Although there was little overt financial impetus for deinstitutionalisation, it was generally acknowledged that institutions were financially unsustainable and, in many cases, represented prime estate.
Improving the patient experience was implicit in the moral argument for deinstitutionalisation. However, beyond this, the overt intended benefits were limited. A number of indirect benefits were envisaged within the planning process, including release of funds from estate. More generally, the impetus for hospital reconstruction (which accompanied deinstitutionalisation) was geared towards achieving greater integration of health and social care provision within the community.
Process and management
Internationally, deinstitutionalisation has had three main components:
- the discharge or movement of individuals from hospitals into the community
- their diversion from hospital admission
- the development of alternative community services.
In the UK there were several concurrent programmes of change. Under the 1962 Hospital Plan, acute psychiatric inpatient services were developed on district general hospital sites as part of national reconfiguration. Local authorities were developing community mental health teams and there was an increased outpatient role.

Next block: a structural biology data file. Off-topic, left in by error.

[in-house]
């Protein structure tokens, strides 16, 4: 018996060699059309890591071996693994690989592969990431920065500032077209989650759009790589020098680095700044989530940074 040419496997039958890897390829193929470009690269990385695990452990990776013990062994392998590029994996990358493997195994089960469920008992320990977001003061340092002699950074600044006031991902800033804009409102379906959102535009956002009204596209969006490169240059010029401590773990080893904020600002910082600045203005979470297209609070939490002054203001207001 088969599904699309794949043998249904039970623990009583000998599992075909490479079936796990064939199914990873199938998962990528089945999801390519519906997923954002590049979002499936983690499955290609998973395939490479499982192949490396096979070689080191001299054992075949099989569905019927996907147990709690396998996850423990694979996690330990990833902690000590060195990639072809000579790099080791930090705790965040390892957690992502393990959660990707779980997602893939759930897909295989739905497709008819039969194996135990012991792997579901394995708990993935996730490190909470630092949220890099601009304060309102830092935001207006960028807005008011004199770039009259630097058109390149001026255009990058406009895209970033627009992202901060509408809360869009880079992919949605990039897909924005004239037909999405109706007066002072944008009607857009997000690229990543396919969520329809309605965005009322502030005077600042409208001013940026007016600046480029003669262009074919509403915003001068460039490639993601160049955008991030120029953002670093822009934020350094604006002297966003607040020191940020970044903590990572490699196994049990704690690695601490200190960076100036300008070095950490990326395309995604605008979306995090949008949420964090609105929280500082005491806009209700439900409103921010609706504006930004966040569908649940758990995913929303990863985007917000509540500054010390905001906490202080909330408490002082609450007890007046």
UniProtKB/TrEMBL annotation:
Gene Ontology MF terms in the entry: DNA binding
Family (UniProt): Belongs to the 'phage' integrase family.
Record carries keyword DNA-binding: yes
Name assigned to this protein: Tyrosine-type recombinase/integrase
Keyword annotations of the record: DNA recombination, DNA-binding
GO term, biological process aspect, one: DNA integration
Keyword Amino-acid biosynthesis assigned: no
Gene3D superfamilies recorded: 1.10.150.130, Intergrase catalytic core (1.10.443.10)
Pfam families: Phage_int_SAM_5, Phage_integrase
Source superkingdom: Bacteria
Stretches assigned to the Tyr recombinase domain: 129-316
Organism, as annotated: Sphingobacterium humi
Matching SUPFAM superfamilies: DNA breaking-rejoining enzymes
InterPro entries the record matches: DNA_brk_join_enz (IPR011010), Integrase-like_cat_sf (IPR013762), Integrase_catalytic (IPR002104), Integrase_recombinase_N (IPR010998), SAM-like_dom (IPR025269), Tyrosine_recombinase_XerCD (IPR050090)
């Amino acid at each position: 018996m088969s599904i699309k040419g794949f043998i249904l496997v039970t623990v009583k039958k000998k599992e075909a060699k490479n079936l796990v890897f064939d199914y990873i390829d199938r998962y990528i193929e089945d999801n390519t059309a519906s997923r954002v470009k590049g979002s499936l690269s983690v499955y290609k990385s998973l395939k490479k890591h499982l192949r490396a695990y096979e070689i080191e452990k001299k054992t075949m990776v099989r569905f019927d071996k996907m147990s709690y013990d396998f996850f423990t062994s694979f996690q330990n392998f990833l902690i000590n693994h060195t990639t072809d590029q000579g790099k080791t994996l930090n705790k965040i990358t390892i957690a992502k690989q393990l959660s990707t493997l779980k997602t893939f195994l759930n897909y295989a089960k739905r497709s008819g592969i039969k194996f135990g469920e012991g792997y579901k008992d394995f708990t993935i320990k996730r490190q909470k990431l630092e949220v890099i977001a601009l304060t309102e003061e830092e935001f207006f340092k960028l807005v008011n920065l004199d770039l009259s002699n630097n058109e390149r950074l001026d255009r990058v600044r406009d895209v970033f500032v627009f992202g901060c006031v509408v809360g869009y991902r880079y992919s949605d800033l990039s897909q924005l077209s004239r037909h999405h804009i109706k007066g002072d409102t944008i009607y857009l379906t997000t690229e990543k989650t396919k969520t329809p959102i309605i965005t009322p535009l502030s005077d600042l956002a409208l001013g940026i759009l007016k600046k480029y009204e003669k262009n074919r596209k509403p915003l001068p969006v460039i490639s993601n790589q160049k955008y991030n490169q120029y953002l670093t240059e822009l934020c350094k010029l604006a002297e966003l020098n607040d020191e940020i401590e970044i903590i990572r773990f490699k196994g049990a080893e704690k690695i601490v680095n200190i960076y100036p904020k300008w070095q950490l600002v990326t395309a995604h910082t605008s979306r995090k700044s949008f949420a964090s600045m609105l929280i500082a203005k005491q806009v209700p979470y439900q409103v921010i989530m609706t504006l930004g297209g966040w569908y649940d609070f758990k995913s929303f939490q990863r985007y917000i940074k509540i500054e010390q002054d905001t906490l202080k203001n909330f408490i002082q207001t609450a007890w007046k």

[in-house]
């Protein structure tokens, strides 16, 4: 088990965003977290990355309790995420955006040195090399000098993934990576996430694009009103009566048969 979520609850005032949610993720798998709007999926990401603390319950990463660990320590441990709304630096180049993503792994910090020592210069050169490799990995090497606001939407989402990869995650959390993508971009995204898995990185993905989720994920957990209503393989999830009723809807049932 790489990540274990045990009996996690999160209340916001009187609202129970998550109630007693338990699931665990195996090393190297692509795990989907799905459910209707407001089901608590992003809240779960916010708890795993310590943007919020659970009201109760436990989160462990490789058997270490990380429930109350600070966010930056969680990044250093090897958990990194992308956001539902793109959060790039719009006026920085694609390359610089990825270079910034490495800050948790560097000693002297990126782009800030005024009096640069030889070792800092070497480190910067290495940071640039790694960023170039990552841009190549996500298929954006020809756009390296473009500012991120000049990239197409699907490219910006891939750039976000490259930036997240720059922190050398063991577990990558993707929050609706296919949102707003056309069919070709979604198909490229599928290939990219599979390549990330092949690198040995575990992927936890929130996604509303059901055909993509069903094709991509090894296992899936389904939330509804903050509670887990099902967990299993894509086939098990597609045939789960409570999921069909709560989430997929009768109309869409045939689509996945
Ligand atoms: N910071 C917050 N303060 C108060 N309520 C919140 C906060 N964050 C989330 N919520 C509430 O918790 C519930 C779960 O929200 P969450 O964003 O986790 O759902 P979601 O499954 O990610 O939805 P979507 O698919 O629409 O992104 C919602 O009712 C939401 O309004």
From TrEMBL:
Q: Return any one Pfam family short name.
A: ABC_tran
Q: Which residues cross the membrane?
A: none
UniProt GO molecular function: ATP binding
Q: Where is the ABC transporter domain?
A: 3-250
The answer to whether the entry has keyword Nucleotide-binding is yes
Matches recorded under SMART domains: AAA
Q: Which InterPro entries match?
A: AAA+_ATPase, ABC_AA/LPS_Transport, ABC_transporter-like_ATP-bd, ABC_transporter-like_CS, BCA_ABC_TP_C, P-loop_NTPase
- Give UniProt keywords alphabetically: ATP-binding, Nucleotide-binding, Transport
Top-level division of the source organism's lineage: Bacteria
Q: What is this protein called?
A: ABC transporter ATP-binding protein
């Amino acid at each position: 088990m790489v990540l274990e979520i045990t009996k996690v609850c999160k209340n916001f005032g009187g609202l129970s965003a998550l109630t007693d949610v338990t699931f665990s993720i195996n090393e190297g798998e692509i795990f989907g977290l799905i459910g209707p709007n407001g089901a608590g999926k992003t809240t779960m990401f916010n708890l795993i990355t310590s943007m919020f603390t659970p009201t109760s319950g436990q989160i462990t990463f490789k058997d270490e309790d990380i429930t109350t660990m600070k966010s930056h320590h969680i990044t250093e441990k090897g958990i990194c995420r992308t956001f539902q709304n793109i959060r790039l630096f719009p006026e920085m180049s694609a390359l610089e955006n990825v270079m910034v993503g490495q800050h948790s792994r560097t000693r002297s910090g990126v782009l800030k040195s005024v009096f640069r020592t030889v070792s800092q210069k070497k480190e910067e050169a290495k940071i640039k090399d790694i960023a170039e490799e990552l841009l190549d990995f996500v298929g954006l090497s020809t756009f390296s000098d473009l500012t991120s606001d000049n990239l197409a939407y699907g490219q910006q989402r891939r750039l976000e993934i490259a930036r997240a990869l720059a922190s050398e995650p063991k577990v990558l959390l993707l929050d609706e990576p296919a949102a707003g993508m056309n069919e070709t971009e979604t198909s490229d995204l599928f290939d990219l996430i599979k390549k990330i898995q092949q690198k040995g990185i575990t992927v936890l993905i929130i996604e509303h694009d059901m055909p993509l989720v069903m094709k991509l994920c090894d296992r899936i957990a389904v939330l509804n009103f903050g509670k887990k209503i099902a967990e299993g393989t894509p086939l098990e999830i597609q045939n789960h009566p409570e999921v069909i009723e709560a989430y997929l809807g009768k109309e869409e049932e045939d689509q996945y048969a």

In each area in which there was a long-stay psychiatric institution or asylum, senior NHS and local government managers were required to develop a financial project plan for closure of hospitals over a five year period. This had to contain a detailed projection of revenue to be released from ward closures and land sales, re-investment, NHS capital programmes, and new sources of funding.
New organisations were set up to manage the process and subsequently deliver services. Many of these were charities, including housing associations; in some cases existing charities took on this role. With involvement from each stakeholder group (including the district health authority, local authority and voluntary sector), a key function of these new organisations was to broker relationships to ensure that no one organisation had sole ownership, and to manage the power dynamics. An added benefit was that they enabled people to connect around a new organisational form with its own identity and purpose, underpinned by a board and trustees who were accountable for the process and outcomes of transformation.